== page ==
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Reptile is his latest release and while it deviates significantly in some ways from previous work, it is a logical progression, and still very much Eric Clapton. Now Clapton is no Boomer - he's a war baby, a couple years older than the oldest Boomers, but he shaped our Late Boomer psyches directly through his music and indirectly by the focus of his lyrics and the music of earlier musicians he introduced us to through his covers.
The Clapton who appeared on stage seems well integrated these days. He selected from most of his past and current musical personas, without bias, to give the audience his current take on his career and the music he still wants to play for us. The young man in Cream was there, Derek was there, the solo artist in all his various incarnations: the lover, the blues man, the partier, the grieving father, the proud surrogate son and even the drug using, boozing self of which he isn't proud, were represented. The integration seemed a complete and an accepting one. This is good, probably not just for him, but for those of us who associate his music with personal milestones at various stages of our lives. It means we can continue to do so without trepidation. It is wonderful tonight to be able to reflect on one of the larger than life icons of our generational milieu who finally got it together. It suggests that any of us can.
The Twentieth Century was a tough time to come of age. Information expanded at a much faster rate than our cultural filtering mechanisms could handle. Huge segments of society were dealt hands with cards in them that no one had ever played before. Some kept the cards close to their vests and waited to see how the bidding would go. Sadly, some folded. Some bravely played them when they saw how these new cards resembled the pattern of the suits. Clapton was one of the ones who saw the pattern, played the cards, and walked away with the life changing kitty. He seems to have survived those life changing events too. Thank God he's still here with us. So many faded out, so many faded away. We can learn from him that you can survive losing, and you can even survive winning.
There is a mini-industry based on Boomer bashing and generational conflict. It need not be this way. This is how it is supposed to work: Our older brothers and sisters are supposed to teach us through their examples, both good and bad. We are supposed to learn from their experiences almost as from our own. Hurts when you do that? Don't do that. A friend living in Slovenia recently wrote of his experiences at a Patti Smith concert. He was awed and inspired by her effortless stage transitions between poetry-reading, bespectacled matron and kick-ass rocker. She too has integrated all her experiences in such a way that she can continue to give guidance to those who follow.
The same might be said of Laurie Anderson and her current intrigue with Melville's Moby Dick. Proto-minimalist, major deconstructionist does Ishmael. What's next? Will Phil Glass do War and Peace? But that'd be okay. Our creative leaders, and that is really what we are talking about here, show us how to grow. They stretch. We learn. We grow. We stretch further. That's the role icons should play. I'm heartened to see some of the idols of our youth growing into attitudes and roles that continue to be worth emulating even if there were some rocky spots along the way.One of these rocky spots obviously involved egos in this tour. If you were proletarian enough to have seats fairly high up in the arena, one playful meta-level fact communicated with humor and style was just who's concert tour this is. As the roadies set up the stage for Eric and company, after Doyle Bramhall II & Smokestack (abviously influenced by Hendrix and Trower) played, you could see them unfurling a rug that turned out to be a well worn, room-size Persian carpet in center stage in what was obviously the great Mr. Clapton's place. To Clapton's right where the rhythm guitarist, Andy Fairweather, would sit a small place mat size carpet of the same ilk design ilk as the larger one of Clapton's was laid out just in front of the chair on the floor where it would be between Fairweather's feet. To Clapton's left where the bass guitarist, Nathan East, was to sit had a teensy, tiny coaster size rug placed where it would be between his feet when seated. Perhaps it was just mandala, but I don't think so. Major statements and reminders can be made tactfully and quietly. We learn that as we gain wisdom and square feet of carpet. So much for Eric's "rug problem." Emily Latella, where are you when we need you?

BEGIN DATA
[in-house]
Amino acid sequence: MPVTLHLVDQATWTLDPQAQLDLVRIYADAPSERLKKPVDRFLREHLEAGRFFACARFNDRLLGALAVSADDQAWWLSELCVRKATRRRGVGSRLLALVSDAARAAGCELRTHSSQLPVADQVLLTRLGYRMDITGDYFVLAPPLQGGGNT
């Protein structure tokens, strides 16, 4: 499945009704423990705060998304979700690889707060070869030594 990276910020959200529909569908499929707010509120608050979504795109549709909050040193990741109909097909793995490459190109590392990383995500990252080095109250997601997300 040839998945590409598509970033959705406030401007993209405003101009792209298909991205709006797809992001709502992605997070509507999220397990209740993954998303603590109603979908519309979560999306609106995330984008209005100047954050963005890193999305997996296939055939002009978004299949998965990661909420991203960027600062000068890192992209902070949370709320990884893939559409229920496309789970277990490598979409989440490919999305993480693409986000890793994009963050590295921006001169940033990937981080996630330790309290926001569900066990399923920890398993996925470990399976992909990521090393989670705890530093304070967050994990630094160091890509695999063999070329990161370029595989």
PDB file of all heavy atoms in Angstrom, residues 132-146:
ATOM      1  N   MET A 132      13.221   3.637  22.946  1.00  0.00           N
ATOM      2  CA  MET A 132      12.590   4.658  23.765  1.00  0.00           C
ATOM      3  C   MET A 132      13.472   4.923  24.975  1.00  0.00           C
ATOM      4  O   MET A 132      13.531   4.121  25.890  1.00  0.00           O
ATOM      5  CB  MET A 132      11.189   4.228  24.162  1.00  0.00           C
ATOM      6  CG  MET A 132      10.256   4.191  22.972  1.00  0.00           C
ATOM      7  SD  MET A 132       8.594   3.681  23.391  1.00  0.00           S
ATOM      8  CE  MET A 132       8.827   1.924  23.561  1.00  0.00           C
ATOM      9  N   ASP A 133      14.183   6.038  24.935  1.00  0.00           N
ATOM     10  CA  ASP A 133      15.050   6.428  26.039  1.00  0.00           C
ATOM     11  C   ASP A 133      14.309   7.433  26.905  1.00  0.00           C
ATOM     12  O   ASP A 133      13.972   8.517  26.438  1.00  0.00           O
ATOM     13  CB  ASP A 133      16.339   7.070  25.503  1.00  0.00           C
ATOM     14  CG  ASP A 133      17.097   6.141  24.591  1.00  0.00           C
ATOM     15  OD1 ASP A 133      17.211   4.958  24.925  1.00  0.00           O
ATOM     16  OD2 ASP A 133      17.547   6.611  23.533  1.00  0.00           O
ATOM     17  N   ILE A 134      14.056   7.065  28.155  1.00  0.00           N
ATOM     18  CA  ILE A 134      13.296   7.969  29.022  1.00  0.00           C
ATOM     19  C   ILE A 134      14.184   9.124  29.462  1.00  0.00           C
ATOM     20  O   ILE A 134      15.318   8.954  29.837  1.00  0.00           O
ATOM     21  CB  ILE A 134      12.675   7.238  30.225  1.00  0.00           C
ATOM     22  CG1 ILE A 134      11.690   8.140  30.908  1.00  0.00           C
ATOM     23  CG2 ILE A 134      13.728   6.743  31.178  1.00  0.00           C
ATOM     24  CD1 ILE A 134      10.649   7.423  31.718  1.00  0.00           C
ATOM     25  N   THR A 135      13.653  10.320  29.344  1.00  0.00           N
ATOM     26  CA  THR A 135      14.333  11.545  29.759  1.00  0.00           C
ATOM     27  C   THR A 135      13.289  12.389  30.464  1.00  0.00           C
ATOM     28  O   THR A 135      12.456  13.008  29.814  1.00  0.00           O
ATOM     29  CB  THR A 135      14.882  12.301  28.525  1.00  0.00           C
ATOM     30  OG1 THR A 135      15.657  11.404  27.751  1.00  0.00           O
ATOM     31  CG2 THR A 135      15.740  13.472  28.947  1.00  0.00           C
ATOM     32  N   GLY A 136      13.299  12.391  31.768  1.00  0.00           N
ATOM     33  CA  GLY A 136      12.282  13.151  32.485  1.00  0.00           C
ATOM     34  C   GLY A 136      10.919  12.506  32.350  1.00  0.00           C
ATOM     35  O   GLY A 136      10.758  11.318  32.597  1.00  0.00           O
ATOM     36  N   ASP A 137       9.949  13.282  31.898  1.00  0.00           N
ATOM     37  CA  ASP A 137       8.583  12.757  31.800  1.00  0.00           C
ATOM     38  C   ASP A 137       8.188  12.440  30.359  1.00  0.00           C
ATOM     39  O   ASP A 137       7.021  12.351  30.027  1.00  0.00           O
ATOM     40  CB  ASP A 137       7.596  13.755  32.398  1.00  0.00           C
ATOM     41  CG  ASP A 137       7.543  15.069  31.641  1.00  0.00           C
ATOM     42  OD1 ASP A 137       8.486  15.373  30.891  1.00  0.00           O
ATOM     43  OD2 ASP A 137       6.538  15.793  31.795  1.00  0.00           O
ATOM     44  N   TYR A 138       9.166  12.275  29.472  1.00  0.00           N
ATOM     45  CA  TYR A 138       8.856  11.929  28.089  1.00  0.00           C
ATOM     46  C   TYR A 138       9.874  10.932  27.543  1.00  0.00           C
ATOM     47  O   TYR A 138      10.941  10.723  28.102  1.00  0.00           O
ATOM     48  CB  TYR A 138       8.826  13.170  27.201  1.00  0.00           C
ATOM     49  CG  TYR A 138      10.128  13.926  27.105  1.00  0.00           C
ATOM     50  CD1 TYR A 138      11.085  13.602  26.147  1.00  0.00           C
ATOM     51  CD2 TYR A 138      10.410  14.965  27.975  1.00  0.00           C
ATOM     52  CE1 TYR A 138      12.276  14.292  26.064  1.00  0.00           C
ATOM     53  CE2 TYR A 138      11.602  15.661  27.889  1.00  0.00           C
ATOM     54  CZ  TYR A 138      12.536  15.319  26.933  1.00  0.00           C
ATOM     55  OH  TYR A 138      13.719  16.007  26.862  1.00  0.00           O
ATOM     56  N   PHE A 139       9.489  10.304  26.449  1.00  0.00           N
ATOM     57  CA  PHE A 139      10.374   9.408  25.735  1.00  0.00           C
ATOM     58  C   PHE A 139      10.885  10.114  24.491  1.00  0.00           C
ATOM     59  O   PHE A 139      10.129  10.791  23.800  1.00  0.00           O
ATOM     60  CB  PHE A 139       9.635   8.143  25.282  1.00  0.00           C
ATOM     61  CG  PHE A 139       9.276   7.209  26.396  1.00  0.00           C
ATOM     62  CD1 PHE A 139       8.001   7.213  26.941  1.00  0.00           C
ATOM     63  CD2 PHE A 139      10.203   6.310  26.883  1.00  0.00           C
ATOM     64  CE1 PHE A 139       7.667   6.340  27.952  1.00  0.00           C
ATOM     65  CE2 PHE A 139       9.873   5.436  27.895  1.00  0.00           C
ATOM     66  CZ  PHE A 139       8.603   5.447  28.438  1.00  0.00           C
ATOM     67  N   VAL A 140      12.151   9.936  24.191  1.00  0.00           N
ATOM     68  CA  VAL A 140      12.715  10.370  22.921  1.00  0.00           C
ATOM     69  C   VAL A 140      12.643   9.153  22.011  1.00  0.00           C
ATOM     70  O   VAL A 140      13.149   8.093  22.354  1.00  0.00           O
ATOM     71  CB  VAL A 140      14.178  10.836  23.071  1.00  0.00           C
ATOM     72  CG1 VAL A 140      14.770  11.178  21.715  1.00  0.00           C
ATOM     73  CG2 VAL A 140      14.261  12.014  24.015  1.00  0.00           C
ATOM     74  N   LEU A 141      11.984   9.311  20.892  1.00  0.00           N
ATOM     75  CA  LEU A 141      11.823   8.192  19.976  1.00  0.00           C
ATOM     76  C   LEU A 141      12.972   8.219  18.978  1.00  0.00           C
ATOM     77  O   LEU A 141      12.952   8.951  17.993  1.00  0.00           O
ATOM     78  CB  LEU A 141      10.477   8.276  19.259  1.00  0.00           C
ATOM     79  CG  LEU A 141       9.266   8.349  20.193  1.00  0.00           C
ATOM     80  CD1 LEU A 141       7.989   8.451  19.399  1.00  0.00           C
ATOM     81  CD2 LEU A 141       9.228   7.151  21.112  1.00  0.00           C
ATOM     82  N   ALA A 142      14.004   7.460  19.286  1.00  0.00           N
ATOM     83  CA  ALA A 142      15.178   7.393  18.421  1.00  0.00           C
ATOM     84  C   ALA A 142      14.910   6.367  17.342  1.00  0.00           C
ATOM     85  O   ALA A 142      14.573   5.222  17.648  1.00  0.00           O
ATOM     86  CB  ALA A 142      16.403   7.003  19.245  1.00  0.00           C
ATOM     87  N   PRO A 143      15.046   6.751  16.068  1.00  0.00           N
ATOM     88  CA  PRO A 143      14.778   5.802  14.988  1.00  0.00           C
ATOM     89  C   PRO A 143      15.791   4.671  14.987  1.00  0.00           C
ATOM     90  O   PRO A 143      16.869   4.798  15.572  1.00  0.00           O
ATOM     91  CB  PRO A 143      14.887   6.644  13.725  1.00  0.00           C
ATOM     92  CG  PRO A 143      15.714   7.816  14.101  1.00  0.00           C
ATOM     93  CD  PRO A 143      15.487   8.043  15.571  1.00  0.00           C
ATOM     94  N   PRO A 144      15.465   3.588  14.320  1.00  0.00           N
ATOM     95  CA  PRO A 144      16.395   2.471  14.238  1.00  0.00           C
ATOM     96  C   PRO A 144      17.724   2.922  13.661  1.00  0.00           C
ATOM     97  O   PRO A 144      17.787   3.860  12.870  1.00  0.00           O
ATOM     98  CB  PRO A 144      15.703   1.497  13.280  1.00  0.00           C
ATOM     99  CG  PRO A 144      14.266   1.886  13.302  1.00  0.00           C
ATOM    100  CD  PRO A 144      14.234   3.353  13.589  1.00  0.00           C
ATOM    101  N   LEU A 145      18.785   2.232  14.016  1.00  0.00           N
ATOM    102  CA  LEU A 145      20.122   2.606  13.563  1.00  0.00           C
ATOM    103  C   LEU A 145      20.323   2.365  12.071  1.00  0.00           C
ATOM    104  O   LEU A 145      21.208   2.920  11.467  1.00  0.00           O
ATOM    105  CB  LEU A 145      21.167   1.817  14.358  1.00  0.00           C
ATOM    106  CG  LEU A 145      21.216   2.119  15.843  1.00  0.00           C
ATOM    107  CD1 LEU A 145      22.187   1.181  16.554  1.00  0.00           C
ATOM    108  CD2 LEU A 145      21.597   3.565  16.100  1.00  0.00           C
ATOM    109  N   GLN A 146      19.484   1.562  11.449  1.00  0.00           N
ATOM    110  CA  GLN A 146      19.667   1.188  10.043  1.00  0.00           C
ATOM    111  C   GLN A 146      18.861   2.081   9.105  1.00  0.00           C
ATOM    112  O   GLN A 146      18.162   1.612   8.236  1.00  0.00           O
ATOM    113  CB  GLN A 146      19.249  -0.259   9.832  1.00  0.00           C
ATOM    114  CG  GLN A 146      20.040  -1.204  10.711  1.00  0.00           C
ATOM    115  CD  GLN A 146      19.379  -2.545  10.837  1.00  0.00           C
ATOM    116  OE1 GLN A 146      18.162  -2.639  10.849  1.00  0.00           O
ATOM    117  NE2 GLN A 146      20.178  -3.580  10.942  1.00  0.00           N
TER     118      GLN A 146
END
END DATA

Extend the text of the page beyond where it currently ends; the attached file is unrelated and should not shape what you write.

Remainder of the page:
John Lennon made that infamous, unwise "bigger than Jesus" remark 35 years ago. Like so many of his words, he couldn't possibly fathom the meaning they would attain. Meaning is negotiated through time as people interpret messages in various ways, and in ways which differ distinctly through time. Music did come to be a bigger cultural phenomena than religion for a while in the middle of this last century. It certainly didn't supplant it, it wasn't ever intended to (and it wasn't a communist plot, either) but it did overshadow it for a while. But what does that really mean? Too many people in our world's current ever-escalating stream of life currents seem to want to instantly evaluate phenomena, processes, and people. I grew up, thank heavens, in a backwater of near 19th century tempo, where people still had porches and folks often uttered statements such as "time will tell" to comment upon situations or views with which they didn't agree. These folks understood that although they may or may not like something, ultimately judgment and reward are far beyond the influence of anything they might say or do. Some of the phenomena which at first seemed to conservative elements of society to be, at best, disruptive to our society have at their mature core an unparalleled goodness when looked at from a larger viewpoint through time.